This article was updated to reflect that Cosentino’s leased space at Bluhawk rather than purchased property.
Block & Co. claimed it was hired by Bluhawk Market Place LLC to find interested buyers or tenants for the development at 159th Street and Antioch Road in Overland Park.
It found five: Ball Food Stores, Cosentino’s Markets, First National Bank of Kansas, AMC Theatres and Orschlen Farm and Home, according to its lawsuit filed in Johnson County District Court.
Bluhawk Market Place, the lawsuit claimed, has failed to pay Block & Co. $277,562 in commissions for helping attract the two businesses that ultimately moved in, Cosentino’s and the bank.
Cosentino’s leased part of the property for $3.6 million and opened its market last year, but Block & Co. claims it still has not received $216,562 in commission from Bluhawk on that transaction. First National bought property for about $1 million, but Block & Co. said it has yet to be paid $61,000 in commission from Bluhawk on that deal.
In each case, Bluhawk sold or leased the property during the term of the contract with Block & Co. or within 365 days after the contract’s expiration date, the lawsuit claimed.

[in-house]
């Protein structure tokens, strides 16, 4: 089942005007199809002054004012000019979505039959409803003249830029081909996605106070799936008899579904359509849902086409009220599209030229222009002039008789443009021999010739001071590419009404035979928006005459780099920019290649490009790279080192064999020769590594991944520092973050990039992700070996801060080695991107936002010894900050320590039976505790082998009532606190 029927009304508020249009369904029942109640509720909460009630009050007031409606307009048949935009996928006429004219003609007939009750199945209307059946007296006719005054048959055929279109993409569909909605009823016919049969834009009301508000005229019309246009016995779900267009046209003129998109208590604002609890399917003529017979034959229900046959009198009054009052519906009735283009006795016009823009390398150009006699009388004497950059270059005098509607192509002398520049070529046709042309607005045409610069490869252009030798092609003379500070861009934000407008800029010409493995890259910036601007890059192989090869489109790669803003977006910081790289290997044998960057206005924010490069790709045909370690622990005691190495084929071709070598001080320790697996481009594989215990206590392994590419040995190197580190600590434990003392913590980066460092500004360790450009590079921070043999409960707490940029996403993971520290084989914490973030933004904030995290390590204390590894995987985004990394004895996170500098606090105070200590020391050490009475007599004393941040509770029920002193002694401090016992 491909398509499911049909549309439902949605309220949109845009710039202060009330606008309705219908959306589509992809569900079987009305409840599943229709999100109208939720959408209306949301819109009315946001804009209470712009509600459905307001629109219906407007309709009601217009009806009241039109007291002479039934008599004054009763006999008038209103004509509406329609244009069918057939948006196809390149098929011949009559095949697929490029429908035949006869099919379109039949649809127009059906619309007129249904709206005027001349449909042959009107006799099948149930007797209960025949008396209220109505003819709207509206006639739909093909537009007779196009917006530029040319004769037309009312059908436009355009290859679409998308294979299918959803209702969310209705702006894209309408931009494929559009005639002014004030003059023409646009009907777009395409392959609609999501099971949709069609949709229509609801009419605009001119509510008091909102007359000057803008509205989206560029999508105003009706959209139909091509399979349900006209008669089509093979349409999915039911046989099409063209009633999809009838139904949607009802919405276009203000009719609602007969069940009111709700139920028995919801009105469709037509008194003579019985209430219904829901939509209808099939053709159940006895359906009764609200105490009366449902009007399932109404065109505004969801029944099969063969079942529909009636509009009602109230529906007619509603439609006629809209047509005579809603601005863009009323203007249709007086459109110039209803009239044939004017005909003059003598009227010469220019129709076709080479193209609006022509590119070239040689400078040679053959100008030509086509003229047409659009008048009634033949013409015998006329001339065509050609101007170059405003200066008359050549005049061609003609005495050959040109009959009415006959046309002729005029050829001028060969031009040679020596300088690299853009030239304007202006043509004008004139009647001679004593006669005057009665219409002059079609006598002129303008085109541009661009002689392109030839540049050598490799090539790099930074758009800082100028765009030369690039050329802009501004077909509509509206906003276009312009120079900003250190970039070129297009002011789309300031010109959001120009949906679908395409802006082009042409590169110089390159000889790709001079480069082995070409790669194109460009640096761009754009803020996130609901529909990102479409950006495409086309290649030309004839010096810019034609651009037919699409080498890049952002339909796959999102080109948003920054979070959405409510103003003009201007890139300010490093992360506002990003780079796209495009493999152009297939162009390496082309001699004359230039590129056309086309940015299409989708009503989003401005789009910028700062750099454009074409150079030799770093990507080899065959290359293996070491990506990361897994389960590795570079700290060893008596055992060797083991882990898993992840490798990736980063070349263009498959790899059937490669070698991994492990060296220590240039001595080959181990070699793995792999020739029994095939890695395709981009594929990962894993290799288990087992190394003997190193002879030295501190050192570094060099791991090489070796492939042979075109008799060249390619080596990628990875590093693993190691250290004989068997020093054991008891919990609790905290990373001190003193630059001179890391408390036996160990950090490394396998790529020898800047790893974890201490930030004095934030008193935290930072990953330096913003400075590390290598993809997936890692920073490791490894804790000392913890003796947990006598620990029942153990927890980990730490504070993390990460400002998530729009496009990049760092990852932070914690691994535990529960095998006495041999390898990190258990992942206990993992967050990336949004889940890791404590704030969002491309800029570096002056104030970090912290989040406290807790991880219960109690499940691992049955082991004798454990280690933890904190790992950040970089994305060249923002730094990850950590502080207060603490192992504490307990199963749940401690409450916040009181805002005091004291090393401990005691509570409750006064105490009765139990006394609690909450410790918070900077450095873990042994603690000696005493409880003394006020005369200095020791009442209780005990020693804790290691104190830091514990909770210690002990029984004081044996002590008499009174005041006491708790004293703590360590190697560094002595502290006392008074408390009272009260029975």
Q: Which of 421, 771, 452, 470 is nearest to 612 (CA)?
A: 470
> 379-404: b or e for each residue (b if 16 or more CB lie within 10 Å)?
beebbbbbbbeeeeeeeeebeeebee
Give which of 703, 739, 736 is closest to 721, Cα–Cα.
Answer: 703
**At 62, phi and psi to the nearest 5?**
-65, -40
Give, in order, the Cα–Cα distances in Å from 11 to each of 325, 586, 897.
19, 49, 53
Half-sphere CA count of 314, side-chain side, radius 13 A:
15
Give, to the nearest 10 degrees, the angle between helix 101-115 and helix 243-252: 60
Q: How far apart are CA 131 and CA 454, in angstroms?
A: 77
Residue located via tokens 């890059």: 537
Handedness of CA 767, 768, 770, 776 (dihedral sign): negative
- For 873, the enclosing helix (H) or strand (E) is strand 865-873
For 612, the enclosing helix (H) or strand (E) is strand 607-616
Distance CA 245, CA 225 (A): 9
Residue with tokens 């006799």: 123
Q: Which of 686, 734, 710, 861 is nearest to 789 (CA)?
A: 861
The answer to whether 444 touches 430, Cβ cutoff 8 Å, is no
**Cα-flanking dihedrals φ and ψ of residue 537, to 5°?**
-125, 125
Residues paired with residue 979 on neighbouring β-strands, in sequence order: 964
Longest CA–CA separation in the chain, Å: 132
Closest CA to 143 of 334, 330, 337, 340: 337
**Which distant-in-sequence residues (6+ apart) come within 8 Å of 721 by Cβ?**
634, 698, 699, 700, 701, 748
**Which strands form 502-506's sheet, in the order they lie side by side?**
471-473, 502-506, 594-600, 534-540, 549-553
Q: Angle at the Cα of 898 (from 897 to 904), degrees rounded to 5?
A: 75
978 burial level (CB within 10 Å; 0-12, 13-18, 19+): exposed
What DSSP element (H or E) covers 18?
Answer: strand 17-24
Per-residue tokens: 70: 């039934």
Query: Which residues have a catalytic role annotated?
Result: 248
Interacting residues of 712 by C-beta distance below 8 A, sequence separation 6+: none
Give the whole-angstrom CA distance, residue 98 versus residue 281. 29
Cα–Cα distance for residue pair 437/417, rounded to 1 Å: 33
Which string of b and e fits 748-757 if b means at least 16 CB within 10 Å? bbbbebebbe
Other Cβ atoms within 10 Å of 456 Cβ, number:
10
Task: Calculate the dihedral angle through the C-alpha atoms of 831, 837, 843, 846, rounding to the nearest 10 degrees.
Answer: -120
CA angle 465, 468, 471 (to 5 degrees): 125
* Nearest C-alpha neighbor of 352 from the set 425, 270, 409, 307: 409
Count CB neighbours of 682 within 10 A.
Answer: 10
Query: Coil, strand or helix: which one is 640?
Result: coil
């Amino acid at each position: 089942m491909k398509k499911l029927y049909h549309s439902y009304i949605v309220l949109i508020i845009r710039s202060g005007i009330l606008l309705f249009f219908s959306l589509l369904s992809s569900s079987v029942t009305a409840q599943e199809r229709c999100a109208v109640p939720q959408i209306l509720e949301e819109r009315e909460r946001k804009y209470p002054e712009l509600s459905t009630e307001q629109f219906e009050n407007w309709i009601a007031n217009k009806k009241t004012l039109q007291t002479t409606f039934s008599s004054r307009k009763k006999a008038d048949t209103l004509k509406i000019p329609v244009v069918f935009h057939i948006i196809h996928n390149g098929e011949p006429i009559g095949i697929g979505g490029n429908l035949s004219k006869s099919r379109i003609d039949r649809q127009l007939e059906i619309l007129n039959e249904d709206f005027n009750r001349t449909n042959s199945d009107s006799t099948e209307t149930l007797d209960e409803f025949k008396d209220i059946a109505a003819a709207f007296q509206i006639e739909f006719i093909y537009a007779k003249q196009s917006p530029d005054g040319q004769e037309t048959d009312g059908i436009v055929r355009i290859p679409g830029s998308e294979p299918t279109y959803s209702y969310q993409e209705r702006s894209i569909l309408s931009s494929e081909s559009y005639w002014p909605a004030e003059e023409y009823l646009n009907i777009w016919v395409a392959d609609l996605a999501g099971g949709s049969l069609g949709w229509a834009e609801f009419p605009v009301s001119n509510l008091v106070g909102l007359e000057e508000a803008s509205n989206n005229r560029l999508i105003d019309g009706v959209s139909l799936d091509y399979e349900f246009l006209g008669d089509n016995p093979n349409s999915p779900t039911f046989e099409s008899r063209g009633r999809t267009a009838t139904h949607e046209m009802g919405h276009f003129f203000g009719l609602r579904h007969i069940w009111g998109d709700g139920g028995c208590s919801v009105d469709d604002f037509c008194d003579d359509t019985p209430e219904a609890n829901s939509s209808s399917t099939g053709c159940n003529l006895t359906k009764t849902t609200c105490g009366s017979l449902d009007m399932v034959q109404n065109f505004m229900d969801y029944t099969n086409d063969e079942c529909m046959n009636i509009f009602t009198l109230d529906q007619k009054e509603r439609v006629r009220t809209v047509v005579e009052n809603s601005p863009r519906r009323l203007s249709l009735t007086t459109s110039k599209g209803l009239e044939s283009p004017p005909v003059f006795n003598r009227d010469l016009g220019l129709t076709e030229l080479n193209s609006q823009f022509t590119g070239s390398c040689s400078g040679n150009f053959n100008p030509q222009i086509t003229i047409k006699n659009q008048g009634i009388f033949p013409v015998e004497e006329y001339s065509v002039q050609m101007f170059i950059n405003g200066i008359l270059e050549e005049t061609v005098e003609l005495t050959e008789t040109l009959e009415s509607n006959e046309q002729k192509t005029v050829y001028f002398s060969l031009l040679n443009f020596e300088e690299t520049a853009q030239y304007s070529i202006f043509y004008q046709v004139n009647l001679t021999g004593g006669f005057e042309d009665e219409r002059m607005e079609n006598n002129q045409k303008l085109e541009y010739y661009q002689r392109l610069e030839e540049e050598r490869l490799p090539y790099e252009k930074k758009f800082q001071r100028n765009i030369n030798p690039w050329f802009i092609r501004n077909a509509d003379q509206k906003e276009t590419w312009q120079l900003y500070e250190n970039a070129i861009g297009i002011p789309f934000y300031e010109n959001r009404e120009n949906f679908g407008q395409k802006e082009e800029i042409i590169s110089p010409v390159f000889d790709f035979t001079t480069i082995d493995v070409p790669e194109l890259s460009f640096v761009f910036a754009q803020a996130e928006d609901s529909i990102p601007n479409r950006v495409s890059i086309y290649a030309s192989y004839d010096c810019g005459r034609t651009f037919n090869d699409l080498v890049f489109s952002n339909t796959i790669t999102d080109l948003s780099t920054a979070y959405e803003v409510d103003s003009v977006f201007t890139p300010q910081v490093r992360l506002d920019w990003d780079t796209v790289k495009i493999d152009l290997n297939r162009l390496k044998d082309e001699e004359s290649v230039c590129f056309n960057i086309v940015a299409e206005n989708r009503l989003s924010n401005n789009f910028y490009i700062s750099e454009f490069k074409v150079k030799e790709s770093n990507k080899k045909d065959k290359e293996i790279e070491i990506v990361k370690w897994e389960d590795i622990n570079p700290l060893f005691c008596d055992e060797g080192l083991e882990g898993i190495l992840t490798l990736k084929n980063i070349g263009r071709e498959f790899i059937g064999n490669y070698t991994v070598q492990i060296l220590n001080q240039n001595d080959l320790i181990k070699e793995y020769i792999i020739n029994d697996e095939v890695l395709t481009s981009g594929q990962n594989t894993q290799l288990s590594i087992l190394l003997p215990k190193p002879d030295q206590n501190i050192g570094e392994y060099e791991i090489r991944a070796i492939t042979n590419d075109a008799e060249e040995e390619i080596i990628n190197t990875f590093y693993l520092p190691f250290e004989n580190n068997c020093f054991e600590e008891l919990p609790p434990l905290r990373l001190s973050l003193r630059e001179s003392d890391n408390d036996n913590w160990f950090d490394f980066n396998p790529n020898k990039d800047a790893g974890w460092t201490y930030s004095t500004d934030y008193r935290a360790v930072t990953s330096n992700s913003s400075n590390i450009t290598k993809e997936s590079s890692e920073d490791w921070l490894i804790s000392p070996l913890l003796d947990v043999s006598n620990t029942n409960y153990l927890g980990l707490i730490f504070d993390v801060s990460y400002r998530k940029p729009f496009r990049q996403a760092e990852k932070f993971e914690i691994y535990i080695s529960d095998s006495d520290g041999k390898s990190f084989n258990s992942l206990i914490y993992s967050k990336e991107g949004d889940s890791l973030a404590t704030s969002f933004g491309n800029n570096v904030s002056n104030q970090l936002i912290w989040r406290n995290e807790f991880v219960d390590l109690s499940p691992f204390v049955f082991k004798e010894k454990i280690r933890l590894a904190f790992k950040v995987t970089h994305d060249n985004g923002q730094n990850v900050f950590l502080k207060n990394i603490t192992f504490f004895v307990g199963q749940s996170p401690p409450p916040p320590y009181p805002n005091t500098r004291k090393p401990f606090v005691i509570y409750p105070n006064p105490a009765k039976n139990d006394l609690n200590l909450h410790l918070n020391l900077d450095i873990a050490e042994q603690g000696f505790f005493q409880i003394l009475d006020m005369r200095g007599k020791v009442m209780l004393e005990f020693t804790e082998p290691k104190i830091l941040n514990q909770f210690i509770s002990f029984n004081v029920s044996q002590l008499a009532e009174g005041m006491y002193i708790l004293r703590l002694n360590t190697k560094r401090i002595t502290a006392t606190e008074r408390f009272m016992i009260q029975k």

Block & Co.’s lawsuit seeks judgments in the amounts of the commissions against Bluhawk Market Place LLC, Douglas M. Price and Kent Price, each of Price Brothers Management Inc. — though the company is not named as a defendant — and four limited liability corporations as well as 10 John Does said to be involved but not identified.
Douglas Price, general partner of Bluhawk, said the development has worked with Block & Co. and paid it commissions on other transactions but that Block & Co. was not involved in either the Cosentino’s or bank deals.
Another firm and real estate broker handled the bank transaction and received a commission, Price said.
In the lawsuit, Block & Co. claimed that Bluhawk Market Place and its owners, which consist of investors in a number of limited liability corporations, were “grossly undercapitalized” and conducted much of their business on a “cash” basis, including paying employees in cash.
Price said that Bluhawk and Price Brothers were well capitalized and denied that either paid employees in cash or worked on a cash basis.
Block & Co. real estate brokers David M. Block and Max Kosoglad also sued Bluhawk Market Place and the other defendants.
Bluhawk Market Place is part of a larger development that includes plans for a sports complex and arena and a Cosmosphere science and innovation center tied to the Cosmosphere museum in Hutchinson, Kan. It already includes Shawnee Mission Health Blue Valley and single-family homes.